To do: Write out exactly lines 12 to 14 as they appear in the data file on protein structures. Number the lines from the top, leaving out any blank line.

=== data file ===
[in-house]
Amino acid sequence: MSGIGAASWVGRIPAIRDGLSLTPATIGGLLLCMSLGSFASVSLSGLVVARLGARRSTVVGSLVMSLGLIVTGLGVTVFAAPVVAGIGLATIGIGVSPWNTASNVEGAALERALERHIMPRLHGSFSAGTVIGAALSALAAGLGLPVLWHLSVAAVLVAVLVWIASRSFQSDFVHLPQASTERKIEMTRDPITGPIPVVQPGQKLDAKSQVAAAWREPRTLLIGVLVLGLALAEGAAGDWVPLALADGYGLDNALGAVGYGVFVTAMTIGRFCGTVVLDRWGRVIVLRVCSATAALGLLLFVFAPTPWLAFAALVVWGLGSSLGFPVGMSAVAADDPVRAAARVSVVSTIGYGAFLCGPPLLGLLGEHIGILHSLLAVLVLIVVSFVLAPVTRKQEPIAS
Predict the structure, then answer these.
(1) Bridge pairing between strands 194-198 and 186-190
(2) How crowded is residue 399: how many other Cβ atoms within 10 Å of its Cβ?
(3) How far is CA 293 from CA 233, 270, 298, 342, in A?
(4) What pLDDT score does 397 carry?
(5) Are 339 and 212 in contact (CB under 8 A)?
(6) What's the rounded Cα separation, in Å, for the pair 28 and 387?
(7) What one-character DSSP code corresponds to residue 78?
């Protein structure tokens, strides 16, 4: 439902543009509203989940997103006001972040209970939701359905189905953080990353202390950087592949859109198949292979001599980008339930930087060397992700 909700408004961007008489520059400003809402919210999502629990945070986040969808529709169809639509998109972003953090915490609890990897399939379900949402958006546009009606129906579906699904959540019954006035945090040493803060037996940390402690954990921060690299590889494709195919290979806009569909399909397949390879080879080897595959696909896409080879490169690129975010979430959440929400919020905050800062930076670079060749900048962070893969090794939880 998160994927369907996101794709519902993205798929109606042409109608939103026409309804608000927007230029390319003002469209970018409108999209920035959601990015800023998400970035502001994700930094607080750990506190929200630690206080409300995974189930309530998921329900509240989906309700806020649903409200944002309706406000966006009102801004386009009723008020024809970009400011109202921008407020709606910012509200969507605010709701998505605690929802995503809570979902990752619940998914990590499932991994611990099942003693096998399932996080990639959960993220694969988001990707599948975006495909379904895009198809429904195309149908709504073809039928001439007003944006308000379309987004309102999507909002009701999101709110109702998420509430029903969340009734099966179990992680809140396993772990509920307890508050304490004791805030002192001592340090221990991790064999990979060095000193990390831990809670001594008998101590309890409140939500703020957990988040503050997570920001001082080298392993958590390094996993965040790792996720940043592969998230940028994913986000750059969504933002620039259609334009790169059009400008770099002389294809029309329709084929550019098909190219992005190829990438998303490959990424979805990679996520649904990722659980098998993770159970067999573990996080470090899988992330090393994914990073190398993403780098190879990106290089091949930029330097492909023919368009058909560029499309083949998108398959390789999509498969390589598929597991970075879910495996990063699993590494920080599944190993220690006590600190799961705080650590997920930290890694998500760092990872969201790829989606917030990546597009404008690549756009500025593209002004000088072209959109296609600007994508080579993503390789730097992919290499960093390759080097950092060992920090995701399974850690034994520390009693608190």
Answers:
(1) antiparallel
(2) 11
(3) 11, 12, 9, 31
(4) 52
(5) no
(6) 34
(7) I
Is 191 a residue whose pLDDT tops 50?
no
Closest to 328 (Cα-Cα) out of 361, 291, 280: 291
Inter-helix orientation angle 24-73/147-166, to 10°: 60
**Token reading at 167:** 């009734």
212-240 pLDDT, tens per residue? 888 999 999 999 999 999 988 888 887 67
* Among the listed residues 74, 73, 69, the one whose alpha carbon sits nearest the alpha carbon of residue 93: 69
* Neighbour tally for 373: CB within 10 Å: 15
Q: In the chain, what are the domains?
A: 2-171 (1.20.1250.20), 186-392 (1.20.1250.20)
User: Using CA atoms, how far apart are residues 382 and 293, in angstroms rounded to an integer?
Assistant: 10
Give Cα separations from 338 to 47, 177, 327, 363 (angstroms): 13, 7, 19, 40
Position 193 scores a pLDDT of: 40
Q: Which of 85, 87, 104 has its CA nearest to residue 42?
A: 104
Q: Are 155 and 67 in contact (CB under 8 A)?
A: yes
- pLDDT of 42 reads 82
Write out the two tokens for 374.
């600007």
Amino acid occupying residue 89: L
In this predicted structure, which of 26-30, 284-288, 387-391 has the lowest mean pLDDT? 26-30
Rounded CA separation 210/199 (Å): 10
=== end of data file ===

Answers:
(1) antiparallel
(2) 11